Lower Rates Mean Cheaper Smartphone Use for Europeans Abroad

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Prices for mobile data services abroad have come down in Europe, but people still have to be very careful when using their smartphones or laptops when going on holiday, according to Swedish telecommunications regulator PTS.

The average price per megabyte excluding taxes dropped from €3.62 (US$4.42) in the first quarter of 2009 to €2.67 in the last three months of 2009, according to BEREC (Body of European Regulators for Electronic Communications).

The average wholesale price, which is what operators pay each other, has in the same period dropped from €1.91 to €0.55. A European Union cap, which went into effect on July 1, 2009, specified that wholesale rates for 1MB shouldn't cost more than €1.

Mobile operators are stepping up efforts to get their subscribers to use mobile networks when travelling both in and outside of Europe. This week, Deutsche Telekom and 3 UK announced new data packages.

Deutsche Telekom is now offering seven Smart Traveller packages. For example, users with smartphones can buy the Handy DayPass Europe, which costs €4.95 per day including taxes and 5MB of data. It also offers similar packages for subscribers travelling to the U.S. and Asia, but the cost per day increases to €9.95 and €14.95, respectively. There is also a Handy 4-WeekPass Europe, which costs €14.95 total and includes 10MB of data.

Mobile operator 3 UK has lowered the cost of data roaming, for smartphones and dongle-equipped laptops, for football fans travelling to the 2010 World Cup in South Africa, and will charge £1.25 ($1.84) per megabyte including taxes in June and July.

However, even though prices have come down and operators are offering various packages, accessing mobile data services can become expensive, especially outside of Europe, according to PTS.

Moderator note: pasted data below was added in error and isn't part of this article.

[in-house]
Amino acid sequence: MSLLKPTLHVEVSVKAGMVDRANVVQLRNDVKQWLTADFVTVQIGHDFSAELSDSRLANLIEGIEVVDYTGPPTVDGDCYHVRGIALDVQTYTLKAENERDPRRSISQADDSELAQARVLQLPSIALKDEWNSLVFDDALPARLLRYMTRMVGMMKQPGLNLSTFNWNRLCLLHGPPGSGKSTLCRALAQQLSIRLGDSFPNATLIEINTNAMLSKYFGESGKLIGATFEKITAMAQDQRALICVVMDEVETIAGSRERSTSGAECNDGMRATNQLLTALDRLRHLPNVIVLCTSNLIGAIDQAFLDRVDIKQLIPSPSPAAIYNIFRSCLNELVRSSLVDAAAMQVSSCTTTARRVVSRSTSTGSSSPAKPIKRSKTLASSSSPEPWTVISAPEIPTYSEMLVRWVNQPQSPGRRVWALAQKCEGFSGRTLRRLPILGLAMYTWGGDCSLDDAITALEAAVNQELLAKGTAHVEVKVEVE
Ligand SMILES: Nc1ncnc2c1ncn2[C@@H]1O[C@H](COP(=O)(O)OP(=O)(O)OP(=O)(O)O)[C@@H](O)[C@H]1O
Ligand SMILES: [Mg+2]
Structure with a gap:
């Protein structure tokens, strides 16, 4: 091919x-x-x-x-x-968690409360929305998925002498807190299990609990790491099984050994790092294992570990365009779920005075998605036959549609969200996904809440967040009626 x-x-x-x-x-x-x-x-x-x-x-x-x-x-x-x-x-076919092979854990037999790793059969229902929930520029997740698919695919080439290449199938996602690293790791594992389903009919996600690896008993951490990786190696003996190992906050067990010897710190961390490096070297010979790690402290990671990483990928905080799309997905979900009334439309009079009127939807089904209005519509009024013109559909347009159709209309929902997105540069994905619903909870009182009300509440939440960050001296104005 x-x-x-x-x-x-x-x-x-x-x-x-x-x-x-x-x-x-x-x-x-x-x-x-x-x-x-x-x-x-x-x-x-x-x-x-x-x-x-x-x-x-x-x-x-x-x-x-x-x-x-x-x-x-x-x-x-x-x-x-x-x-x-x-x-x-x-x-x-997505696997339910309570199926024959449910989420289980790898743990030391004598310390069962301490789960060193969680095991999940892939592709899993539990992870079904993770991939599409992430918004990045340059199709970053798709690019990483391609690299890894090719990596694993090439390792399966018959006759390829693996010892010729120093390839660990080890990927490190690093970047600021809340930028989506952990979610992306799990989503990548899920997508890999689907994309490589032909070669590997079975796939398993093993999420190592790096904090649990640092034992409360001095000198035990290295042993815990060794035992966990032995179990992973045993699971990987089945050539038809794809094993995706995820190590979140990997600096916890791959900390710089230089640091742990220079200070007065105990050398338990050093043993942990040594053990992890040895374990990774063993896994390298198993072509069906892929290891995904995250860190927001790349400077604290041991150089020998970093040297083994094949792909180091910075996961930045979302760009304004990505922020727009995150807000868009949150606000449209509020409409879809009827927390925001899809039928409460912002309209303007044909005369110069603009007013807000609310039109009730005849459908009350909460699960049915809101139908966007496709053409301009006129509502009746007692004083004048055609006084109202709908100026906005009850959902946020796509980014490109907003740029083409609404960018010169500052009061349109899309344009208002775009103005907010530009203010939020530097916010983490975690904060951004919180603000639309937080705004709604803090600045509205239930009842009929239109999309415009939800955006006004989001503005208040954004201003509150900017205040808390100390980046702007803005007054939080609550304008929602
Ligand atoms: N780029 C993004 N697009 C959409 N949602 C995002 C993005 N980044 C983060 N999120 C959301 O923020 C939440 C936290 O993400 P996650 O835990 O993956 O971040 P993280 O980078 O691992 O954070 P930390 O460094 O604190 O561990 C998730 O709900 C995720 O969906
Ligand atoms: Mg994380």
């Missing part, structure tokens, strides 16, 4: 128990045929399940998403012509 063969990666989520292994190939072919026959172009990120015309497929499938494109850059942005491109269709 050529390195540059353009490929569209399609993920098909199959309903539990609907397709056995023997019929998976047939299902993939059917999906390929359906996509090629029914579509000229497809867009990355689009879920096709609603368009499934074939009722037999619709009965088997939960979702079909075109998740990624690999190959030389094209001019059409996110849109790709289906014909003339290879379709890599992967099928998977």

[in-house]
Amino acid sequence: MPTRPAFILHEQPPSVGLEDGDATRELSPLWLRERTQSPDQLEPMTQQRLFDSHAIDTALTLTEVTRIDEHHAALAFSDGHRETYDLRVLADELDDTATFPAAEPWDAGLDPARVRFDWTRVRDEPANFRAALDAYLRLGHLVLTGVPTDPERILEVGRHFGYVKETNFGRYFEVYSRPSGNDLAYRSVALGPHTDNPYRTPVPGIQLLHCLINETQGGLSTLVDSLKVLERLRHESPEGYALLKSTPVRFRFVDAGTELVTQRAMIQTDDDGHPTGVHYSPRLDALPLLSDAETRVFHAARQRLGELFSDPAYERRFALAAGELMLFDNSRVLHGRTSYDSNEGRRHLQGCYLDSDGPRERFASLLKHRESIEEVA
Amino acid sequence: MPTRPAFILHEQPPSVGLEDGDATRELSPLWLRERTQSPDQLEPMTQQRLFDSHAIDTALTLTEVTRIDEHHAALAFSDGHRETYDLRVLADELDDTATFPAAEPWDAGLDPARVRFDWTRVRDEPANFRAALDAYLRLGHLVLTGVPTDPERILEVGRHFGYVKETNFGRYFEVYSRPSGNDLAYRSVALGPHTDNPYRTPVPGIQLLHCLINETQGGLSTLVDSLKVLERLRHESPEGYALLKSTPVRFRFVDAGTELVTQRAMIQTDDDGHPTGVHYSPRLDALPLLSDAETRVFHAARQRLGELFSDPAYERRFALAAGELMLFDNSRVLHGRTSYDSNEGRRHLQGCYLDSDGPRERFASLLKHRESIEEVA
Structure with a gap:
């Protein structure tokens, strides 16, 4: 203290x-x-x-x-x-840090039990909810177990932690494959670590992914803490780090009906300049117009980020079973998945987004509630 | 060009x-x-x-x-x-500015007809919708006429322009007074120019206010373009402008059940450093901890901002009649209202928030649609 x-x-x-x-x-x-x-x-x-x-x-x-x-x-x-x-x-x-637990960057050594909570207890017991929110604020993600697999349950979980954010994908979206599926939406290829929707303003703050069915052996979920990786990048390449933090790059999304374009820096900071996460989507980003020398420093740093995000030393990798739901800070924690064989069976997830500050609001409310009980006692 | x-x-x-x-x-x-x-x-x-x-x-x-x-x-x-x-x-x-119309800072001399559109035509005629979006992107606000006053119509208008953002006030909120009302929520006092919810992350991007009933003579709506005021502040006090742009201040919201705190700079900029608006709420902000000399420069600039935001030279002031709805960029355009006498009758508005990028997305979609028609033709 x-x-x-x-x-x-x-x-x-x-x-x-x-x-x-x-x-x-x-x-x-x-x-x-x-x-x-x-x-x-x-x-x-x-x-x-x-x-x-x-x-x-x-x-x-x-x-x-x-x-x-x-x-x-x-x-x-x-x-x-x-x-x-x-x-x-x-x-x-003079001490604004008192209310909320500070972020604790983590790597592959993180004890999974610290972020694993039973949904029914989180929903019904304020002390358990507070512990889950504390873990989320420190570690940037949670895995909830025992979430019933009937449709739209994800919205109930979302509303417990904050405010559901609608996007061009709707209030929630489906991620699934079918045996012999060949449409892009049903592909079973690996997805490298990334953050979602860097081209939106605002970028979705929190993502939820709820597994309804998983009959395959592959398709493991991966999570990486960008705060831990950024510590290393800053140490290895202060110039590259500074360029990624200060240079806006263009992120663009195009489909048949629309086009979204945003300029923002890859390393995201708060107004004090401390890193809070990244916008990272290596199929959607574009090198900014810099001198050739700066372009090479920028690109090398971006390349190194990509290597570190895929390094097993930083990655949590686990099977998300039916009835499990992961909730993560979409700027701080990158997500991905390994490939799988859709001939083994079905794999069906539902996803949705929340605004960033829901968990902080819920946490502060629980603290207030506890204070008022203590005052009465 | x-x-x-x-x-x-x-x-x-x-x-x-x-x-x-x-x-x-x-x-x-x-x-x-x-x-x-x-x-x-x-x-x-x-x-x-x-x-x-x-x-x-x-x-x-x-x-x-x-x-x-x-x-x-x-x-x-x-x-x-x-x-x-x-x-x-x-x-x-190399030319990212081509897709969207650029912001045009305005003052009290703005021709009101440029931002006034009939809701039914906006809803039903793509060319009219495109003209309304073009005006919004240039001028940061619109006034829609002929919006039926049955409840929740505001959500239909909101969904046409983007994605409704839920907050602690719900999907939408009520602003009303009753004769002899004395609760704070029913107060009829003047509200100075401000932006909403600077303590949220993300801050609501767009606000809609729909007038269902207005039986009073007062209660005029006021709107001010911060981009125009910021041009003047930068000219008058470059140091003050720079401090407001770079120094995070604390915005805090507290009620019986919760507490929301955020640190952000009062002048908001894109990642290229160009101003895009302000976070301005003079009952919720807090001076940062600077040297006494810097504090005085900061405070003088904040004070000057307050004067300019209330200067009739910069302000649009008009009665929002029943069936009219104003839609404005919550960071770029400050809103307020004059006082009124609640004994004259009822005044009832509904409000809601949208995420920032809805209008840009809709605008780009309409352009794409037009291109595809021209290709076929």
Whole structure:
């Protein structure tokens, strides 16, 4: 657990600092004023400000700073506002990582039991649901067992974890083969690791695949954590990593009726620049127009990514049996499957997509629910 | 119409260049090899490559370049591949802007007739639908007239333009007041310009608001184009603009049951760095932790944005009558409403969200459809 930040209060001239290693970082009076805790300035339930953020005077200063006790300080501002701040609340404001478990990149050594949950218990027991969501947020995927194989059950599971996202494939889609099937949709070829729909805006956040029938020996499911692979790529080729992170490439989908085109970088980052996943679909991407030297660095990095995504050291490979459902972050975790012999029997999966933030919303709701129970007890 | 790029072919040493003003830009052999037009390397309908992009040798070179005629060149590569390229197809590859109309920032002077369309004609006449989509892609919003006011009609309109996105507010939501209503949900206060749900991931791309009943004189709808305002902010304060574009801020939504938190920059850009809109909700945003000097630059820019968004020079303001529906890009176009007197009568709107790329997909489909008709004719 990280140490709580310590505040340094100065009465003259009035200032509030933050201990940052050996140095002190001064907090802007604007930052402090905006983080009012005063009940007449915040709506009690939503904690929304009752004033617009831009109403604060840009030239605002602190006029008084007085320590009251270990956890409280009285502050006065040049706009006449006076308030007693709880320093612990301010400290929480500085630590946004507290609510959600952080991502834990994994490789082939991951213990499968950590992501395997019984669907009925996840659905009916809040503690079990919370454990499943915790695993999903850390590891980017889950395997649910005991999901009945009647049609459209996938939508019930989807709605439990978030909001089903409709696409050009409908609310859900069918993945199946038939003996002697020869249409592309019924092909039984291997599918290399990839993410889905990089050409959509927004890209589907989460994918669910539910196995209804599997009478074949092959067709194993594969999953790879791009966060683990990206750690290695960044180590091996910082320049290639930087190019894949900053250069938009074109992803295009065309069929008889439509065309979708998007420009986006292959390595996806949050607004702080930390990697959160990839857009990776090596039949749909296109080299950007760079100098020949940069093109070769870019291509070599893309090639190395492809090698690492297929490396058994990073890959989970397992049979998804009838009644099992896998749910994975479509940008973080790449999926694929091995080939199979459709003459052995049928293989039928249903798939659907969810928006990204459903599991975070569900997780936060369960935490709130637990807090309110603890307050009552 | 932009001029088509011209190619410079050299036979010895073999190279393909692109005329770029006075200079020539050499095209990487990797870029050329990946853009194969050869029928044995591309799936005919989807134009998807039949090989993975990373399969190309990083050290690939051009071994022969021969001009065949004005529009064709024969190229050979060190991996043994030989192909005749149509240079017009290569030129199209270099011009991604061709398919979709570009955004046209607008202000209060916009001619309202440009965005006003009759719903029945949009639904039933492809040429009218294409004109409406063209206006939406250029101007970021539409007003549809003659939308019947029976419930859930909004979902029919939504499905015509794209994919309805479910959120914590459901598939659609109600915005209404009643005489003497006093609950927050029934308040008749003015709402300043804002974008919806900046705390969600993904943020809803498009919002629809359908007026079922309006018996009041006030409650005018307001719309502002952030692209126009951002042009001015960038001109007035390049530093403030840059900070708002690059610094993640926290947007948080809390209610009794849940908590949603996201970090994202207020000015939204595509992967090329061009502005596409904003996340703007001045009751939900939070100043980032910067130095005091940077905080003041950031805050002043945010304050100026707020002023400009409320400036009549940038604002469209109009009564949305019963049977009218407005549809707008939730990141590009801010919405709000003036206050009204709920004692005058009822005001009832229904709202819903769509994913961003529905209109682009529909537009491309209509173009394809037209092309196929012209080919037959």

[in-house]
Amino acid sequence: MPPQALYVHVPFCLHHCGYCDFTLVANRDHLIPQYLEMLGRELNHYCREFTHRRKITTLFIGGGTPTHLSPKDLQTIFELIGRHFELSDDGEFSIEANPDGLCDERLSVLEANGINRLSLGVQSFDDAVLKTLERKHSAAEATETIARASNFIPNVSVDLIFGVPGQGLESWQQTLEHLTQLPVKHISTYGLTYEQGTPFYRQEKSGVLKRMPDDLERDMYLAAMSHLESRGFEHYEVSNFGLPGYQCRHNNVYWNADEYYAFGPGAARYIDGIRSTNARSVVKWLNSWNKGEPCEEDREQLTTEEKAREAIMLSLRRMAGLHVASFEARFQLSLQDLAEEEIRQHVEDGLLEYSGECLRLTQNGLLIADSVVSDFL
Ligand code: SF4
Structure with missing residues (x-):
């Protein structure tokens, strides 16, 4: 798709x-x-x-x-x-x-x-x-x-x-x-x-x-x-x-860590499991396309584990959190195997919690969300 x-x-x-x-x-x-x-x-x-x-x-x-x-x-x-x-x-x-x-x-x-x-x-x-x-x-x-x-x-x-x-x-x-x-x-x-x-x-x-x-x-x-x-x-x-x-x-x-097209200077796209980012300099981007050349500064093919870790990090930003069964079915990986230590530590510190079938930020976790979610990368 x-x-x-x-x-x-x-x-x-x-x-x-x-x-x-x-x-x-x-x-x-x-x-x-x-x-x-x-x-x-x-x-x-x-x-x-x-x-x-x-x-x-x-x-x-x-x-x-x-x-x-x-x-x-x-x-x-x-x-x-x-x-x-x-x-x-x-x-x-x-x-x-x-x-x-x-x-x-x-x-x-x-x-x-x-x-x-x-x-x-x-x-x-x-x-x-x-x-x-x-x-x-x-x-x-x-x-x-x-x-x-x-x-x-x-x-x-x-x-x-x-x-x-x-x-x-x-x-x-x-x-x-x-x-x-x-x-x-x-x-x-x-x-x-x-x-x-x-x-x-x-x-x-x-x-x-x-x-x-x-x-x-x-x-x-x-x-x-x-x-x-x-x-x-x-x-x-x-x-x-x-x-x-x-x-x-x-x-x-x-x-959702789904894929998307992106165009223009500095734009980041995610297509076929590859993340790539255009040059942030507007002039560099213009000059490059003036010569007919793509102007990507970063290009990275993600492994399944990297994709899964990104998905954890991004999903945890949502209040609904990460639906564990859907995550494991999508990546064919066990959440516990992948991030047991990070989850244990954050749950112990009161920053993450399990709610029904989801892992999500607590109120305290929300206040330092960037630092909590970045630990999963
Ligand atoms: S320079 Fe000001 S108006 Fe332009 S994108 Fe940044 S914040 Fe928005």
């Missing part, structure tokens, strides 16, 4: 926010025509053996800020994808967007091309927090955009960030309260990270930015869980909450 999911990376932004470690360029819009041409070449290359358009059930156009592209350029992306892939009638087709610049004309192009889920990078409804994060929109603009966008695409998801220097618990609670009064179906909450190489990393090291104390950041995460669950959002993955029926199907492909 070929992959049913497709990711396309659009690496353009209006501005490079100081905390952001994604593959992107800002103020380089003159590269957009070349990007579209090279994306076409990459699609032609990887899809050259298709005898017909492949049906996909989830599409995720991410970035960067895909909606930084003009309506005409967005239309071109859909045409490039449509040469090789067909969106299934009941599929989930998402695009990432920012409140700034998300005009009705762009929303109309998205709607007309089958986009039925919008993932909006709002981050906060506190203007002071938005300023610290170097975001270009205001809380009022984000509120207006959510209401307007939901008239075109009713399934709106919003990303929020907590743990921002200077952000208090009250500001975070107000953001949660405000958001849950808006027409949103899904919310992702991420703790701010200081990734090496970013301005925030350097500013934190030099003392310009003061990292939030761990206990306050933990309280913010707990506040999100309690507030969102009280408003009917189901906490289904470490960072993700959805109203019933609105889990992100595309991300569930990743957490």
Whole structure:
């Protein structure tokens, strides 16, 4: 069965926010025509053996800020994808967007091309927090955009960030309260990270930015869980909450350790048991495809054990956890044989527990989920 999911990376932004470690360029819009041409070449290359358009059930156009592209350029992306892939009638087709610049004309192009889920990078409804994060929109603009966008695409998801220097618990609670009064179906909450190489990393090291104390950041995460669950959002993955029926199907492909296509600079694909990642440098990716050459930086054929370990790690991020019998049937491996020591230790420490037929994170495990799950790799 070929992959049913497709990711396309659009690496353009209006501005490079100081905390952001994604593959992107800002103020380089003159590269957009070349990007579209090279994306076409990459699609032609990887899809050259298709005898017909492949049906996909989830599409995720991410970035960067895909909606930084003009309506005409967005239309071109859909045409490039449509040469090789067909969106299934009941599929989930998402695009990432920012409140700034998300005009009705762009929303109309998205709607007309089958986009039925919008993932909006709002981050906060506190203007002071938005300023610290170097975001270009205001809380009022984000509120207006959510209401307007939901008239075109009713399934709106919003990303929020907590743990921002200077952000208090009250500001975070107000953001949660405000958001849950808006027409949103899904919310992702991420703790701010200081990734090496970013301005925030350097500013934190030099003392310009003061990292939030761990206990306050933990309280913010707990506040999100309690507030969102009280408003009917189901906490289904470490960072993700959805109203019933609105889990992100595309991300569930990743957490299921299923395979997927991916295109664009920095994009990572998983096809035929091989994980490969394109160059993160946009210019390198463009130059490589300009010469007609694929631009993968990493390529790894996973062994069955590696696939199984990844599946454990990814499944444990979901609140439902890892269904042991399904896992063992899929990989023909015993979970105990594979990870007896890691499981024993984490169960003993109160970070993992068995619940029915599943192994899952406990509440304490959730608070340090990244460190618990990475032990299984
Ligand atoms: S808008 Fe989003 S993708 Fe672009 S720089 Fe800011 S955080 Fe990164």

PTS advises Swedes to check with their operators what mobile services cost before travelling abroad, and users should also turn off any applications that may connect to the Internet automatically. One way to get around high fees is to get a local SIM card, but before doing that users should make sure their modem or phone isn't locked to one operator, according to PTS.

Users can surf using Wi-Fi, which most smartphones and laptops come equipped with, as well.

Knowing what you can do with a few megabytes can be tricky. For instance, a 20 kilometer trip with A-GPS (Assisted-GPS) and traffic updates uses 200KB with Nokia's Ovi Maps, the Finnish phone manufacturer said via e-mail.

To prevent expensive surprises, the E.U. has put in place a €50, before taxes, warning mechanism. Today, users have to activate it themselves, but from July 1 operators have to turn it on by default, according to the European Commission.

How the E.U. tackles data roaming going forward remains to be seen. When asked about that during a recent press conference, Neelie Kroes, the European Commissioner for the digital agenda, said she is keeping a close eye on how that market is evolving and that mobile operators should be aware that the cost of data roaming is still a major concern. The Commission will be back soon with more on this subject, according to Kroes.

Data roaming is still too expensive in Europe, and that users are being unnecessarily penalized when they use their smartphones or laptops abroad, said a 3 UK spokesman. If wholesale prices came down even further, the lower cost could be passed on to end users and usage would go up, he said.

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